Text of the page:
Tuesday, June 25, 2013

Performance of Scala Iterators

The Scala programming language provides software developers with several options to iterate through the elements of a collection:

  • for,while loops
  • foreach ( x => f(x)) that iterates through a collection
  • map[Y] { f: X => Y) : Collection[Y] that creates a new collection by applying a function f to each element of the collection
  • foldLeft[Y] (y : Y)(f : (Y,X)=>Y) : Y) (resp. foldRight[Y] (y : Y)(f : (X,Y)=>Y) : Y) that applies a binary operator to each element of this collection starting left to right (resp. right to left)
This post attempts to quantify the overhead of the most commonly used iterative methods in Scala. One approach is to run those tests without any operation on elements. A more elaborate and time consuming benchmark consists of running multiple tests using several boolean (< !=..) and numeric (+, *, x => sin(x) ..) operators and computes the normalize mean and variance.

Summation test
The test runs are executed on a 'plain vanilla' dual core i3 2.1 Ghz running Linux CentOs 6.0. The first test consists of comparing compare the performance of the different options to traverse a list of Double with size varies from 200,000 to 1,800,000 elements then apply an operation += z to each of its members.
val rGen = new scala.util.Random(System.currentTimeMillis)
var data = List.fill(size)(rGen.nextDouble)
var sum = 0.0
data.foreach( x => sum += z)

sum = 0.0
for ( i <- 0 until data.size) 
   sum += data(i)

sum = 0.0
var k = 0
while( k < data.size) {
  sum += data(k)
  k += 1

sum = data.foldLeft(0.0)( (x, z) => x + z)
The test is repeated 25 times in order to reduce variance and noise generated by the garbage collector. The first 5 iterations are discarded to avoid the overhead of the initialization of the JVM. The mean value of the execution time for each method is computed for different size of the list from 400,000 to 1,800,000 floating point values. The results of the test are plotted in the graph below. As expected the for loop as the first performance because it is a closure that implements a flatMap and Map (Monad). Although significant faster than the for loop, the while loop is not performing that well. The unit of time on the Y-coordinate is milliseconds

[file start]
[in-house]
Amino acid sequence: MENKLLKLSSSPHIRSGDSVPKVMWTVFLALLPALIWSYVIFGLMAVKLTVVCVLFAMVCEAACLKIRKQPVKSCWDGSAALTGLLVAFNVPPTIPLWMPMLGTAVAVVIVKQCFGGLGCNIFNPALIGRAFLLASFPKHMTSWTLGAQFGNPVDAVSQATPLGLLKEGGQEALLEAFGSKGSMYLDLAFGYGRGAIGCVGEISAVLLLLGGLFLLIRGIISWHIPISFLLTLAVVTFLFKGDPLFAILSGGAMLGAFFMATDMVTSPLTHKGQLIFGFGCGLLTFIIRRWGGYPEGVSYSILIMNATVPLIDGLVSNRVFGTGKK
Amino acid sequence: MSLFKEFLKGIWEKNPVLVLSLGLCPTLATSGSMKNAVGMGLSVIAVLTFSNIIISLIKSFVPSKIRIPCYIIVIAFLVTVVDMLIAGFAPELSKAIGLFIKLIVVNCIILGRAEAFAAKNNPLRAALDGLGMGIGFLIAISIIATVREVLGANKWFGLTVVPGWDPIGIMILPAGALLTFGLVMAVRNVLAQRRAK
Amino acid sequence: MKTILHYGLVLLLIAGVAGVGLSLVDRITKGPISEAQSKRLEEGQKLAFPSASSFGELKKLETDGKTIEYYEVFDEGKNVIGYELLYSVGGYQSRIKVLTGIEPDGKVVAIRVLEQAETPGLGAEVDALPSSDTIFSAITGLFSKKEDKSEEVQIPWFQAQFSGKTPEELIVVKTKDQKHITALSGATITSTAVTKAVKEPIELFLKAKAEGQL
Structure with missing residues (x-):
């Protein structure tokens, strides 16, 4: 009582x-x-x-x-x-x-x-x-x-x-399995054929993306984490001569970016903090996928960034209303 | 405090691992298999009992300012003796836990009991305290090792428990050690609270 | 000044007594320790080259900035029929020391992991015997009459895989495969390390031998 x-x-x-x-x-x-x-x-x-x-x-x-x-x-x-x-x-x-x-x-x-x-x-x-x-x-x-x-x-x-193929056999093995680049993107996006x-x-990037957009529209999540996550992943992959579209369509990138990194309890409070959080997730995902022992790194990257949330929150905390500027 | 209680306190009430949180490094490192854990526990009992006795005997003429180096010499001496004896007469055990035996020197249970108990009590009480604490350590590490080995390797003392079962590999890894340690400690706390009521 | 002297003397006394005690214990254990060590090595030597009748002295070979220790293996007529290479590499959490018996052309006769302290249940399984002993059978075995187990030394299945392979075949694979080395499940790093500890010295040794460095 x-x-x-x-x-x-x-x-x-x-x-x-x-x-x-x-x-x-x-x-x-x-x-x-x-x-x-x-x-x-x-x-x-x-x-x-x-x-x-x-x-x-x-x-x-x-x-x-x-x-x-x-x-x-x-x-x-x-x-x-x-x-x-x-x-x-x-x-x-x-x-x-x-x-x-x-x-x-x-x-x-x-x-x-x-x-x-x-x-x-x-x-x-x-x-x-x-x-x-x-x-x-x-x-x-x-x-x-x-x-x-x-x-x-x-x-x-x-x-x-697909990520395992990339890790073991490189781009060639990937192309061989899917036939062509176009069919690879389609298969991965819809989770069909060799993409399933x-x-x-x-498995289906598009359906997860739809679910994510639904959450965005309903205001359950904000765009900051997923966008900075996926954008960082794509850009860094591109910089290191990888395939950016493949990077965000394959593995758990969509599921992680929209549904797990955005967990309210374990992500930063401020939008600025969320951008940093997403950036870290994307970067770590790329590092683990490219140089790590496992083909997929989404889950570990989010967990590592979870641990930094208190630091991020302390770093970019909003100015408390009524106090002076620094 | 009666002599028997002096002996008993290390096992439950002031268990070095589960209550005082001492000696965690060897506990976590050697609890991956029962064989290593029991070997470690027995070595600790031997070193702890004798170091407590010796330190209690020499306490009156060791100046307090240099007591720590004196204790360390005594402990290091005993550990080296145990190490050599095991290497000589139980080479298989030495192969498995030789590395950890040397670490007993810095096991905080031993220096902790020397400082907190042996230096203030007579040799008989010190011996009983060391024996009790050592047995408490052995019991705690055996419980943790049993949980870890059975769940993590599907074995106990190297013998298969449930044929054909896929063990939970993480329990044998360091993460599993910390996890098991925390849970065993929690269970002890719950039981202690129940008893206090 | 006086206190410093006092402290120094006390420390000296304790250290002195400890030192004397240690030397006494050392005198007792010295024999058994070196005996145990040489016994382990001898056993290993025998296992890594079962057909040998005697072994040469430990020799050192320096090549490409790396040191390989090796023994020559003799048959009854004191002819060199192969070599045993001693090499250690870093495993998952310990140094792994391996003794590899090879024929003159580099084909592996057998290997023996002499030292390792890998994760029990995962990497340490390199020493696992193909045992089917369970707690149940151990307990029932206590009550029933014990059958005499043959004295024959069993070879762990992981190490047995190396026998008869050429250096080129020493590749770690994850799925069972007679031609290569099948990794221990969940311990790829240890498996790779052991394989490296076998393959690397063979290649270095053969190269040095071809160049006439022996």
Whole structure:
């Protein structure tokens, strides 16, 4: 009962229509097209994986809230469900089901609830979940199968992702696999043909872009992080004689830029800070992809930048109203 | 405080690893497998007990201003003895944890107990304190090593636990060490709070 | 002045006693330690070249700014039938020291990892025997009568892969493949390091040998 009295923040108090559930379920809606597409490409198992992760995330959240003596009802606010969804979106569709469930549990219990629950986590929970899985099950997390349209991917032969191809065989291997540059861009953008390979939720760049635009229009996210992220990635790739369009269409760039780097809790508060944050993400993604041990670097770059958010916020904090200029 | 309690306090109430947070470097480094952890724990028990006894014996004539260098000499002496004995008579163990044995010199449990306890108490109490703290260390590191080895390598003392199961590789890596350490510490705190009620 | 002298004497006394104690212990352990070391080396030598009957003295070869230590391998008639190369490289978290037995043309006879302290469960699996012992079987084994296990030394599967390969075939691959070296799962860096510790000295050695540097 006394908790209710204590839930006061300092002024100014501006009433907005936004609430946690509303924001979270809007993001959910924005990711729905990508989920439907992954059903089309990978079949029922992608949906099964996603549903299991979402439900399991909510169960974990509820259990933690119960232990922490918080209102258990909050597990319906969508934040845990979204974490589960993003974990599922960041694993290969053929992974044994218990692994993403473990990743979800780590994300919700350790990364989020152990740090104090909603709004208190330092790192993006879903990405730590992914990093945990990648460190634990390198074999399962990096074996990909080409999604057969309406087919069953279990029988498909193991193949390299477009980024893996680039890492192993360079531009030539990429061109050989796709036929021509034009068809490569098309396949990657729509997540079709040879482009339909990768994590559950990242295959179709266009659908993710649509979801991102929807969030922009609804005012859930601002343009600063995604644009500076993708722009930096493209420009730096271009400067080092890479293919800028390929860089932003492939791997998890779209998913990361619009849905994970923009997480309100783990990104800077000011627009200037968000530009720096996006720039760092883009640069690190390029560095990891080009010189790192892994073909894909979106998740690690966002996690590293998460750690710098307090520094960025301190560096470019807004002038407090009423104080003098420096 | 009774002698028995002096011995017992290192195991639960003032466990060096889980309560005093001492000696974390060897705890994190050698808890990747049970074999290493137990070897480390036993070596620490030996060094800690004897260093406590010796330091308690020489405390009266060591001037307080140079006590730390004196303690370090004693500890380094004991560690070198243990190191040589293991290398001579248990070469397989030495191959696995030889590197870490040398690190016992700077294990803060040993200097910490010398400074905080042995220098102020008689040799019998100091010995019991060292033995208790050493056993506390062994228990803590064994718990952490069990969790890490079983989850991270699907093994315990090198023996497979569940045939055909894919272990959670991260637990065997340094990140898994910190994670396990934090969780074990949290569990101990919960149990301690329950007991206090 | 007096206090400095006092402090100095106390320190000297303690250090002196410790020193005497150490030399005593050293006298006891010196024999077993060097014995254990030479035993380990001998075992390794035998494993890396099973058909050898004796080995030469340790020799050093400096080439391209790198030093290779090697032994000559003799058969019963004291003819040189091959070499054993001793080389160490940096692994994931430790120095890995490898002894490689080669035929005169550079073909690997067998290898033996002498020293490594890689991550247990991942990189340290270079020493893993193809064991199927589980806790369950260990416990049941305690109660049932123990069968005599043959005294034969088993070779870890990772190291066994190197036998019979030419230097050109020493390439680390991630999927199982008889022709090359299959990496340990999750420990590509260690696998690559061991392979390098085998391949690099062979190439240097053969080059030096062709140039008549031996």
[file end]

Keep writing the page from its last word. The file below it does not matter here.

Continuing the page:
Overhead test
The second test evaluates the overhead of the foreach, map, leftFold and for iterators by traversing the list without any operation
val newList1 = data.foreach( x => x)
val newList2 = data map { x => x}
val newList3 = data.foldLeft[Int](0) ((x : Int,z : Int) => z)
for(i <- 0 until size) { data(i) }
The performance of each relative methods for initializing a list is similar to the operation on large arrays. Once again map is the laggard while the two other functional iterator, foreach and foldLeft have similar performance as for loop. The benchmark is similar to the previous test and time is recorded as the average execution for a variable size of the list in milliseconds.

In summary, the for loop which as a different meaning as in C or Java, should be avoided as an iterative counter and used as a for-comprehensive construct.The fold and reduce are ideal for operations on large data sets. Although very efficient the foreach iterator is not appropriate for this case as it updates a variable (not value) as a side effect.

Scala for the Impatient - C. Horstman - Addison-Wesley 2012 


  1. your "for-loop" is a very bad example, it is no normal C loop. If you realy wanted to compare C loops against scala iterators you would have to use a while.

    like this:
    var i = 0
    while(i < data.length()){ ...; i += 1}

  2. I have no idea what this article is supposed to prove.

    First of all, running a test only 10 times is not enough to guarantee that JIT has warmed up. But I'm going to let it pass. It's an understandable mistake.

    In the first test, the foreach loop does absolutely nothing. data.foreach( x => x + z) == () and nothing is modified, map creates a copy of the array, and for modifies the array in place. And finally, in the second test, foreach again does nothing, map does something barely sensible (creates a new list in a very contrived way) and foldLeft... returns the last element of the list.

    Of course the results are gonna vary, each of the tested methods in both cases does absolutely different things. It's not even comparing apples to oranges, it's comparing Apple Inc. to oranges.

  3. The purpose of the article was to quantify
    - Overhead of the for loop in Scala (while loop as to be used instead a for comprehensive)
    - Cost of some Scala iterators (without any operation)
    I take it the objective of the post is unclear...